Modesty And Privacy Of Body and Information

Modesty.jpeg

So modesty and privacy is very important in terms of propriety and security.


Both are intimately connected. 


Already as children, we learn not to show or talk about our “privates” to others. 


And as adults, we understand that there are certain things about ourselves that we don’t just talk about or divulge to others indiscriminately. 


Not being discrete with these and showing either your private parts or your personal information can get you in a load of trouble by giving others the opportunity to take undue advantage of you. 


Both open you up to be ridiculed or even raped of your person or information identity. 


That which is yours to use with others in propriety is instead disclosed for taking out from your control and for use against you. 


Security demands modesty of body and of information, and if not taken seriously, then no amount of lame covering will keep that which is private from public consumption. 😉

Smart Cats Aren’t Afraid to Innovate

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It’s really hypocritical that on one hand we put innovation on a pedestal, but on the other hand, we tend to nix new ideas.

The Atlantic (July/August 2012) has an article called “Let’s Cool It With the Big Ideas.”

The author, P.J. O’Rourke, rails against innovation, saying: “I don’t have a big idea, and I don’t want one. I don’t like big ideas.”

Let’s just say this article by O’Rourke proves his point and not only about big ideas.

Unfortunately, like O’Rourke, many in our society seem to have a love/hate relationship with innovation.

We love new ideas when they work to our benefit–like having a smartphone perhaps–but we fear the worst about failing and people seem to loathe change of any kind until it’s a “proven entity.”

Hence as O’Rourke points out the derogatory feelings and sayings about new, big ideas:

– What is the big idea?
– You and your bright ideas.
– Whose idea was this?
– Me and my big ideas.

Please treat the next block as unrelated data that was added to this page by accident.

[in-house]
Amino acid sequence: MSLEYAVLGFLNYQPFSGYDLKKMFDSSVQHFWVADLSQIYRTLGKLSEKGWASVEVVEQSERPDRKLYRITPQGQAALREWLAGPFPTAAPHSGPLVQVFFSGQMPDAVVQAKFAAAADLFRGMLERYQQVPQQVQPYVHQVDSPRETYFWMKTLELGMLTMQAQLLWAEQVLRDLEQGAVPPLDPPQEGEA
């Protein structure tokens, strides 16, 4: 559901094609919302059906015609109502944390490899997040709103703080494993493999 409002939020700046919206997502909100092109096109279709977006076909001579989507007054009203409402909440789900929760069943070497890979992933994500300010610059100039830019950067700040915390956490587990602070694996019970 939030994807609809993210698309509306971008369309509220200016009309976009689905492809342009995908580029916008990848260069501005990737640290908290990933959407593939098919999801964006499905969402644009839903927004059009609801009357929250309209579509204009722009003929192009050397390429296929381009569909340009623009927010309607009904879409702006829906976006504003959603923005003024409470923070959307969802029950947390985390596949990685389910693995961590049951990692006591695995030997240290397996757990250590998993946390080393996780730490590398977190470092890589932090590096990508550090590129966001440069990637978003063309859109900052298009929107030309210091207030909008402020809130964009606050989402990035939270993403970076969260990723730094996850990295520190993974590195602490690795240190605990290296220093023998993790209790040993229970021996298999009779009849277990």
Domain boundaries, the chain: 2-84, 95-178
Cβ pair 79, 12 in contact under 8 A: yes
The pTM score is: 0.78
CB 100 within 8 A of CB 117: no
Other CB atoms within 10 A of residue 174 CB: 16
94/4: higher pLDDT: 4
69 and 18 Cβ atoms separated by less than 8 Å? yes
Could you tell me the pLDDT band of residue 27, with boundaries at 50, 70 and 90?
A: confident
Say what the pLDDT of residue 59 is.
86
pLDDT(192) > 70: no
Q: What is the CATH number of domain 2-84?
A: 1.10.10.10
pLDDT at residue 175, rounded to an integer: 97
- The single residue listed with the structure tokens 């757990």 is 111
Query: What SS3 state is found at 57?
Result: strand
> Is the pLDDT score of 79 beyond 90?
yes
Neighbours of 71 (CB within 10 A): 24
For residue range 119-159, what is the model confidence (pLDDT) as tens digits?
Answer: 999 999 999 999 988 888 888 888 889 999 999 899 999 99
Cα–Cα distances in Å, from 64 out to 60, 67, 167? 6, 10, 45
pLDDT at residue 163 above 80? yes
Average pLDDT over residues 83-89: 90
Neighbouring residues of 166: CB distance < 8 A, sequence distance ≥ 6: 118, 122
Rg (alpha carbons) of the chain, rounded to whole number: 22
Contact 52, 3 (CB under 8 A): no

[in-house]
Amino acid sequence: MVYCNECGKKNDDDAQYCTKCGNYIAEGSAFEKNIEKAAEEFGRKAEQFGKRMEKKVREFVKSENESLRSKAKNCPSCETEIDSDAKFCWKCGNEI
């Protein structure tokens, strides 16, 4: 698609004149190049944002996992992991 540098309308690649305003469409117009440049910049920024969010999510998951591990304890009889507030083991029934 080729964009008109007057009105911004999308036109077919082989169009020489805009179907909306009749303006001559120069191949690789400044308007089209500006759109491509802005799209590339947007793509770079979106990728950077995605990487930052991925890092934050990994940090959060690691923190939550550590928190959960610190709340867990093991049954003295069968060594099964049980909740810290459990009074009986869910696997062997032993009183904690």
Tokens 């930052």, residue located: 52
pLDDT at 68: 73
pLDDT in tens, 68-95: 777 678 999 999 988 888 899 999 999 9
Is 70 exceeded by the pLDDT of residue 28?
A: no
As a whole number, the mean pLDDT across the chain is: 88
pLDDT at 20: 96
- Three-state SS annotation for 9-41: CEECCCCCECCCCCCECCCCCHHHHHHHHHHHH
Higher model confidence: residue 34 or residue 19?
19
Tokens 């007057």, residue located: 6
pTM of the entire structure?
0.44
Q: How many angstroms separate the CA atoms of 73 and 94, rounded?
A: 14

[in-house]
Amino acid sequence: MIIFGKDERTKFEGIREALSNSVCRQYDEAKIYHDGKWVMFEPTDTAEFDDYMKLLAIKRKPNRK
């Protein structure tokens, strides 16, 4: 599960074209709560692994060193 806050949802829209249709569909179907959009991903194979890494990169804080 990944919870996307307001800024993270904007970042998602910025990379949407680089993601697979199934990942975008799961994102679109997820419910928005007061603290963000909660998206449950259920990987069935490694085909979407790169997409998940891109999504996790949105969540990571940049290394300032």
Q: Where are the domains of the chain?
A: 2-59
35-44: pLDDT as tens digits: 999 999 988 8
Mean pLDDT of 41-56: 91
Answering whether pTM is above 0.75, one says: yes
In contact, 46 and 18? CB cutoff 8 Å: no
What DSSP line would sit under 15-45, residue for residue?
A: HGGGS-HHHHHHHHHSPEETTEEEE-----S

– Don’t get smart with me.

The last one is really the clincher with it all–without new ideas and the bravery to explore them, our “smarts” really do go out the window.

This is reminiscent of when the great Library of Alexandria burnt to the ground almost 2,000 years ago, destroying many of the “new ideas” of the philosophers, scientists, mathematicians, poets, and playwrights of the time, leaving us for centuries stuck in the Dark Ages!

Sure, new ideas are threatening to old ways of thinking and doing things, but we are an evolving species–stagnation is death.

According to Harvard Business Review (October 2010) in “How to Save Good Ideas“–a more enlightened article here, explains how to counter fearful and destructive people “who try to kill ideas” using “fear-mongering, delay, confusion, and ridicule.”

Some of the suggestions to counter the naysayers:

– When they attack you for “dictating” a new idea–you can explain that there is a vetting process, but like with a train conductor, we need to provide direction for our people.

– When they say, no one else is doing this–for any new idea, someone has to be the first to try it, and we have the capacity to innovate and succeed.

– When they criticize your timing–acknowledge that you can’t do everything and the poor projects should be weeded out, but promising new ventures should proceed.

From a leadership perspective, we cannot shove new ideas down people’s throats, but rather we need to explore ideas openly and honestly. Leaders should explain the imperative for change, explore organizational and market readiness, look at costs and benefits, mitigate risks, and help people in adopting and adapting to change–and this last one can be the most difficult.

For those that are comfortable with the status quo or afraid of what change may mean to their jobs, status, and security–there are times, when reassuring and working together can move people and the organization forward, but there are also times, when perhaps the person-organizational fit may no longer be right, and it is time to part ways.

The way we do things today–no matter how comfortable–is not the way we will always do them.  Times change, challenges build up, opportunities emerge, and as survivors, we either adapt or fade into the annals of history.

“There is more than one way to skin a cat,” but if we are cool to new ideas, the cat will most definitely get away from us–and it may be for good.

(Source Photo: here with attribution to Ivo Kendra)